This week I interviewed a local artist about how she is evolving into a consultant. I created a text story and a video for the Rochester Professional Consultants Network e-newsletter, which publishes at the end of this month.
As we talked about her unusual art form and about the artisans group she created, I was reminded why I enjoy my professional writing career.
I get to meet and interview fascinating people who do interesting work and have intriguing ideas. I have the privilege of telling their story so that others get to know them. And as in this case, when the person reads the story and says it’s exactly right, I have the satisfaction of a job well done.
Every story, just like every person, is unique. I appreciate that my writing work enables me to continue to learn and grow.
August 2013 RPCN newsletter (including the article about artist Stefani Tadio), and video.
Cringing at typos on professionals’ LinkedIn profiles — their free billboard promotion about their work — prompts this question: How closely do you look over what you write?
Do you proofread your proposals, documents and professional letters? How about the words on your website?
Misspellings, typos and errors hurt your image. It’s critical that you check your work or have someone reliable do so.
Here are 10 tips to help: How to Proofread
(Yes, proofreading is among the services I offer.)
When Clay Felker — founding editor of New York magazine, who also had stints at Esquire and The Village Voice — was diagnosed with his second cancer, doctors said there wasn’t any treatment that would extend his life.
So they suggested that Felker and wife Gail Sheehy seize life: Do something wonderful that you wouldn’t have dared do before.
Now that’s a charge worth pursuing.
Sheehy told me it took them about a year to figure out what to do. They enjoyed a great trip to France — even though he was on a feeding tube. And they found a way for Felker to pursue his passion of developing young talent in magazines, which meant moving from Manhattan to California to work at Berkeley. With lymphoma. (That’s a cancer that begins in immune system cells called lymphocytes.)
“He actually developed a great deal of courage,” Sheehy said.
She traveled back and forth between her job in Manhattan and their new home. The couple experienced a new time of feeling young and in love all over again. And Felker’s lymphoma went away.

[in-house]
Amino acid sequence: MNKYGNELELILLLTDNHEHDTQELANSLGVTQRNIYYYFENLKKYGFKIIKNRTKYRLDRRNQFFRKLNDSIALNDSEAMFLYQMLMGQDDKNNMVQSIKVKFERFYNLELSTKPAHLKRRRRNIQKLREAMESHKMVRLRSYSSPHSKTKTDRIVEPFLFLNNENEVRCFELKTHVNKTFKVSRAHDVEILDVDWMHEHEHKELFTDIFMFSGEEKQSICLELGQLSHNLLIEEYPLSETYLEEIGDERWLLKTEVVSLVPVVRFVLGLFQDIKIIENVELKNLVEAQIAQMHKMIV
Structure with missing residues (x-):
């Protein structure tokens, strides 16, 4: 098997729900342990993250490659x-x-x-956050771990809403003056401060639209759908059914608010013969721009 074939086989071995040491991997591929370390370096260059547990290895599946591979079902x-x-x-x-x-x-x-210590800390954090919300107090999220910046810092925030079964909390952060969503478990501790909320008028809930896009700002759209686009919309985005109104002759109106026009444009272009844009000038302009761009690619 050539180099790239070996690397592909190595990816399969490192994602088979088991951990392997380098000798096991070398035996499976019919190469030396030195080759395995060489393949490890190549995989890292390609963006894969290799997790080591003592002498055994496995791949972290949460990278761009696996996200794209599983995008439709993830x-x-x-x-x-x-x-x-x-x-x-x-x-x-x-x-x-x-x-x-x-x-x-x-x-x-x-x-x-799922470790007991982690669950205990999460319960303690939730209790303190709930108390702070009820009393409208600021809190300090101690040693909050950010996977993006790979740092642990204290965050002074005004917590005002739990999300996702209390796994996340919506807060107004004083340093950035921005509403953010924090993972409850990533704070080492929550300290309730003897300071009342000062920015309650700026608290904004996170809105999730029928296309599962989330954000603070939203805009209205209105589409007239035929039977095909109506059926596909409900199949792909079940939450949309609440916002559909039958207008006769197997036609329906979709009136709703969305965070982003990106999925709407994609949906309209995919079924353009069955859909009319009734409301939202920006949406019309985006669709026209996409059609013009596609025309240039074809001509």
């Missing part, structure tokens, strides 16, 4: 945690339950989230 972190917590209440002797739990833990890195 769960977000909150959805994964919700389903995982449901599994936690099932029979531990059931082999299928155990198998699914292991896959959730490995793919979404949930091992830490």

“That’s the kind of miracle of it,” said Sheehy.
Felker was able to work for 10 more years.
If you give someone the chance to feel alive and able to do things, they just may be able to do them.
I’m grateful that can happen.
Felker photo: USA Today. Sheehy photo: LA Times
If you won the lottery, how would you spend your time?
Driving to work over my years as a daily newspaper journalist, I passed a lottery billboard offering the possibility of millions. Periodically — even though I don’t buy lottery tickets — I pondered this question of what I would do differently if paychecks didn’t matter.
The answer can be revealing. Perhaps it can help you not end up late in life with regrets.
My answer: If money suddenly didn’t matter, I would love to have the luxury to pick and choose the stories I want to write. Interesting people. Important issues. Articles that teach and help people. And stories that are just plain fun to write and to read.
No, I haven’t won the jackpot. But since launching my freelance writing business, I get a lot more control over what I write about.
I’ve been working on several interesting stories this week, including this one on Stan Munro. The former zany early-morning Rochester TV features reporter is now crafting a career from his hobby creating buildings to scale from toothpicks and glue. Click on the link to see photos, read my story in the Democrat and Chronicle and see the details about his free exhibit in Irondequoit.
I’m grateful to be working on creating my dream job now, even without millions in the bank.
If you like that, check out this video of a creative use of toothpicks in California, http://blogs.exploratorium.edu/tinkering/2011/04/25/some-thoughts-on-working-with-toothpicks/
Wish you could better tell your story to others?
Or want the help of a professional writer to elevate your upcoming newsletter or report to a new level?
I’m excited about the possibilities to use my interviewing and writing skills to help people in new ways. Please keep me in mind if you can use the help of an experienced journalist.
I told a mom I know that I’m starting a freelance writing business. “What kind of writing?” she asked.
The long answer: I’m exploring new ways to use my journalism skills — such as the ability to uncover things and reveal the truth. I know how to listen and how to interview people. I write clearly and accurately, in ways that engage and interest the reader. I know how to find information and track down the right people to talk to.
A short answer: I enjoy interviewing people and telling their story.
In response, this mom said her son is applying to a study abroad program. She and other family members have helped edit the application essay multiple times. An independent, professional writer could be a big help, without taking over, she said. At the beginning, the writer could interview the student and help pull out of him the reasons he really wants to study abroad and how he’ll handle the challenges. Then the student could work on the essay until a draft is ready for review. Much less drama and tension when it’s not Mom giving the feedback.
I’m grateful for people sharing interesting ideas of how I can use my skills.